The poetical works of Sir Walter Scott, bart, Volume 1 (Google eBook)

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Phillips, Sampson, and company, 1858 - 840 pages
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1825 Mention of Ahriman and Arimanes

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Page 136 - I long wooed your daughter, my suit you denied : Love swells like the Solway, but ebbs like its tide ; And now am I come, with this lost love of mine To lead but one measure, drink one cup of wine. There are maidens in Scotland, more lovely by far, That would gladly be bride to the young Lochinvar...
Page 135 - Eske river where ford there was none ; But, ere he alighted at Netherby gate, The bride had consented, the gallant came late : For a laggard in love, and a dastard in war, Was to wed the fair Ellen of brave Lochinvar.
Page 197 - Soldier, rest ! thy warfare o'er, Sleep the sleep that knows not breaking Dream of battled fields no more, Days of danger, nights of waking. In our isle's enchanted hall, Hands unseen thy couch are strewing, Fairy strains of music fall, Every sense in slumber dewing. Soldier, rest ! thy warfare o'er, Dream of fighting fields no more : Sleep the sleep that knows not breaking, Morn of toil, nor night of waking.
Page 157 - King James did rushing come. Scarce could they hear, or see their foes, Until at weapon-point they close. They close, in clouds of smoke and dust, With sword-sway, and with lance's thrust ; And such a yell was there, Of sudden and portentous birth, As if men fought upon the earth, And fiends in upper air ; О life and death were in the shout, Recoil and rally, charge and rout, And triumph and despair.
Page 52 - True love's the gift which God has given To man alone beneath the heaven : It is not fantasy's hot fire, Whose wishes, soon as granted, fly ; It liveth not in fierce desire, With dead desire it doth not die ; It is the secret sympathy, The silver link, the silken tie, Which heart to heart, and mind to mind, In body and in soul can bind.
Page 147 - post and pair." All hail'd with uncontroll'd delight, And general voice, the happy night, That to the cottage, as the crown, Brought tidings of salvation down. The fire, with well-dried logs supplied, Went roaring up the chimney wide ; The huge hall-table's oaken face...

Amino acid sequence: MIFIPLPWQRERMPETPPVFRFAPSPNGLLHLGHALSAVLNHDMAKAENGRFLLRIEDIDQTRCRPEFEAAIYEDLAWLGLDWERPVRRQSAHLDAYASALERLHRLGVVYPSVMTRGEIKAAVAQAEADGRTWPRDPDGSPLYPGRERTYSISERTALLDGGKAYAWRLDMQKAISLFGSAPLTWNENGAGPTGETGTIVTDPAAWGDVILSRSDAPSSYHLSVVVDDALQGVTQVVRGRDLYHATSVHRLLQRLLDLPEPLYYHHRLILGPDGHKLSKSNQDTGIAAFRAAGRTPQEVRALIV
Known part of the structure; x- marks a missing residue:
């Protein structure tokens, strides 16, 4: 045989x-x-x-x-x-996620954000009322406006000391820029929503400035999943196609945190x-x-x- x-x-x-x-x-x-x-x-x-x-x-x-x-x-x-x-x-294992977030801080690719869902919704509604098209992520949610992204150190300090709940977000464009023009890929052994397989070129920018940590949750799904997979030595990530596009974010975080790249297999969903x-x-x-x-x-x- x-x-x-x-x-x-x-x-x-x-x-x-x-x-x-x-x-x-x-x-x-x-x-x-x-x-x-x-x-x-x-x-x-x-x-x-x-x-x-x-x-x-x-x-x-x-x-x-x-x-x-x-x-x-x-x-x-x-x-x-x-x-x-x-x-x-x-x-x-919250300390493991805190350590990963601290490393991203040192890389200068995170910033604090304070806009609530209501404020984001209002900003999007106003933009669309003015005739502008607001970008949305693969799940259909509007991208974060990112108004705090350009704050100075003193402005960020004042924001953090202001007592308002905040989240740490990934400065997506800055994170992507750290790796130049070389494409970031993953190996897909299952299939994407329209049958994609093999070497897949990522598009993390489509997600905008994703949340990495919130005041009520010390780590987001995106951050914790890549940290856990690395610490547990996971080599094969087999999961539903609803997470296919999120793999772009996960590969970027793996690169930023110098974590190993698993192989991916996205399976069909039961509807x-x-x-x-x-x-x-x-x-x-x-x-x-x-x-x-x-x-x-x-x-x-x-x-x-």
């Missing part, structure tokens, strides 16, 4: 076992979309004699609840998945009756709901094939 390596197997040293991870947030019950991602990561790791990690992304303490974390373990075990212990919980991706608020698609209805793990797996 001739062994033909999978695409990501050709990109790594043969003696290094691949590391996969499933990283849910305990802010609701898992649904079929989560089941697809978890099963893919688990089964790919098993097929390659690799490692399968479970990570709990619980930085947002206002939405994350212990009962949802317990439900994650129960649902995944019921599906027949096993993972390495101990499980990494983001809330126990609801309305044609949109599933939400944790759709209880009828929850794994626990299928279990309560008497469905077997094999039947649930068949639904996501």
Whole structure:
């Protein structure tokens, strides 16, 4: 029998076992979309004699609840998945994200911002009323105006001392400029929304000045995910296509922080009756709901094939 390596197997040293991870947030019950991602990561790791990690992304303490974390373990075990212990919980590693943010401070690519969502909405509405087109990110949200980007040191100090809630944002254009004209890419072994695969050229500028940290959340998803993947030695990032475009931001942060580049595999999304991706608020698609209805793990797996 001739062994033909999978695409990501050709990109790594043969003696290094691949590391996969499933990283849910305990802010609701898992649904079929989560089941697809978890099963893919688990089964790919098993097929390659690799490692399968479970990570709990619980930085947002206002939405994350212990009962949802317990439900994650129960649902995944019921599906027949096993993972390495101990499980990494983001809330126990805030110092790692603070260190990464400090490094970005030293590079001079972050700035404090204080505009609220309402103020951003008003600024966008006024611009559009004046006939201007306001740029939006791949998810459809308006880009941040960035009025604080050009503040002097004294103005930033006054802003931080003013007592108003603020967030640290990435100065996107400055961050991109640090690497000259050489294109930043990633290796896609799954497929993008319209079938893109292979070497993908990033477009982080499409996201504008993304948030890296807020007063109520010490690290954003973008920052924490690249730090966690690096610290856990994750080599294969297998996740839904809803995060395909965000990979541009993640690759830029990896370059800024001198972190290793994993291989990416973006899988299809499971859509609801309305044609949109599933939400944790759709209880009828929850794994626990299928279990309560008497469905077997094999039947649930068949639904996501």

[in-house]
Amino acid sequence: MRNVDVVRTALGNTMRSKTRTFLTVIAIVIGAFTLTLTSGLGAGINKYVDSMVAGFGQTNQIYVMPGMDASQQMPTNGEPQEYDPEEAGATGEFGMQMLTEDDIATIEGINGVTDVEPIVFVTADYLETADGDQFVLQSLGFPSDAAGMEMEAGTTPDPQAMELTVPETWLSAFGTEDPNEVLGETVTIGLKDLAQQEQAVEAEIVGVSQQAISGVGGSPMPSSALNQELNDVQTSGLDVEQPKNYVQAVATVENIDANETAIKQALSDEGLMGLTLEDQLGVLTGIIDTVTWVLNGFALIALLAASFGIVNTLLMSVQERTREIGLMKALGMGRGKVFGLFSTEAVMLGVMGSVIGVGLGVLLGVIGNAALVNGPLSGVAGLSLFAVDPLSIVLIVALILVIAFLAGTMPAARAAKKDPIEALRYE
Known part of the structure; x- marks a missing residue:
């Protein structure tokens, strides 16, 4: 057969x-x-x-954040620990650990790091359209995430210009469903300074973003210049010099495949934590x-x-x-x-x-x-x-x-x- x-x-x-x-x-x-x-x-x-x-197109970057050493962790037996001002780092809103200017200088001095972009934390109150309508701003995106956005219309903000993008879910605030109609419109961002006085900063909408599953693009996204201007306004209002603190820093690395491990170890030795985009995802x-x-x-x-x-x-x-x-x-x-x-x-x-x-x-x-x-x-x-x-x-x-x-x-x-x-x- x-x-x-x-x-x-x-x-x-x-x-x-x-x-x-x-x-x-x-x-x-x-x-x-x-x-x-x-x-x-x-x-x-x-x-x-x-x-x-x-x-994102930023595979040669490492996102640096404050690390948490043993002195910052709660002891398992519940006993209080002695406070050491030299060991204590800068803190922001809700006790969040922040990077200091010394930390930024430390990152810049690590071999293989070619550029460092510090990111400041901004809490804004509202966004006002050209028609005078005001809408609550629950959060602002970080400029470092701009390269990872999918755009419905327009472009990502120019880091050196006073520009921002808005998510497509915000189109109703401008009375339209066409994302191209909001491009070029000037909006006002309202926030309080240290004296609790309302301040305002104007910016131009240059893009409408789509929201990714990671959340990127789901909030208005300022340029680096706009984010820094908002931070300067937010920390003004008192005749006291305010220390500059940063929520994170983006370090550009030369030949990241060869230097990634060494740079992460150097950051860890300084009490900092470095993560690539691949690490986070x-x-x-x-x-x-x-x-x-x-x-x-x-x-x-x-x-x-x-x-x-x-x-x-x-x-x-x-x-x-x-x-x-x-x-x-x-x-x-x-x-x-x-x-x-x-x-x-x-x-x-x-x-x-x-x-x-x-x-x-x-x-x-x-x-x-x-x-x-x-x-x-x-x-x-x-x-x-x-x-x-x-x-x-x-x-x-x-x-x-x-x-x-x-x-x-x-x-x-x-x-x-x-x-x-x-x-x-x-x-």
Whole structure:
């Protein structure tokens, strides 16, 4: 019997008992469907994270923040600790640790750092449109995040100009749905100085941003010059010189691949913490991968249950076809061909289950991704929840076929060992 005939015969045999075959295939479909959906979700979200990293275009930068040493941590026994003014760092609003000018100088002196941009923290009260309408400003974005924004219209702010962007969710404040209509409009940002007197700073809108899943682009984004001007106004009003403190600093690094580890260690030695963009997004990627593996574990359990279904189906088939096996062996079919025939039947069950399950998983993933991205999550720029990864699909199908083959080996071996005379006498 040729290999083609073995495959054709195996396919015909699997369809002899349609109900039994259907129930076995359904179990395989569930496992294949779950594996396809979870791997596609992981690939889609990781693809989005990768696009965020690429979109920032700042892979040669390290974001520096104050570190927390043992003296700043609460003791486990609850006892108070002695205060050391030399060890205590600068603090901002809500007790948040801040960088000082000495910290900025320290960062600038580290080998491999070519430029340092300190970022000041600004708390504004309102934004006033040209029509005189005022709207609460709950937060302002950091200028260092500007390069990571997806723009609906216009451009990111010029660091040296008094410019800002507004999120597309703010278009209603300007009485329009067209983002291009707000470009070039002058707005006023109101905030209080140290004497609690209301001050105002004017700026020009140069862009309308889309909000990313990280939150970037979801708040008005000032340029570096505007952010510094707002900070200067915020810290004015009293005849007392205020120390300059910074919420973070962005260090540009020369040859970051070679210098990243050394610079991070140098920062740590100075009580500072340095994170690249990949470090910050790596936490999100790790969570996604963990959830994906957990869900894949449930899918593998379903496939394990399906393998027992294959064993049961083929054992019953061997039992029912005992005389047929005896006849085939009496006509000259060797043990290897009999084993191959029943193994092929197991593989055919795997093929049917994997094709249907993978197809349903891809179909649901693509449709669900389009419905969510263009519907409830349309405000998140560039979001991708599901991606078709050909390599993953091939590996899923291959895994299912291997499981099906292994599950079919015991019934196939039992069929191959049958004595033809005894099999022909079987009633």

Page 154 - Douglas' head! And first I tell thee, haughty peer, He who does England's message here, Although the meanest in her state, May well, proud Angus, be thy mate! And, Douglas, more I tell thee here, Even in thy pitch of pride, Here, in thy hold, thy vassals near, (Nay, never look upon your lord, And lay your hands upon your sword), I tell thee thou'rt defied!
Page 31 - When the broken arches are black in night, And each shafted oriel glimmers white ; When the cold light's uncertain shower Streams on the ruin'd central tower; When buttress and buttress, alternately, Seem framed of ebon and ivory; When silver edges the imagery, And the scrolls that teach thee to live and die...
Page 443 - But here, - above, around, below, On mountain or in glen, Nor tree, nor shrub, nor plant, nor flower, Nor aught of vegetative power, The weary eye may ken. For all is rocks at random thrown, Black waves, bare crags, and banks of stone, As if were here denied The summer sun, the spring's sweet dew, That clothe with many a varied hue The bleakest mountain-side.
Page 154 - Lord Marmion turn'd, well was his need, And dash'd the rowels in his steed, Like arrow through the archway sprung, The ponderous grate behind him rung : To pass there was such scanty room, The bars, descending, razed his plume.

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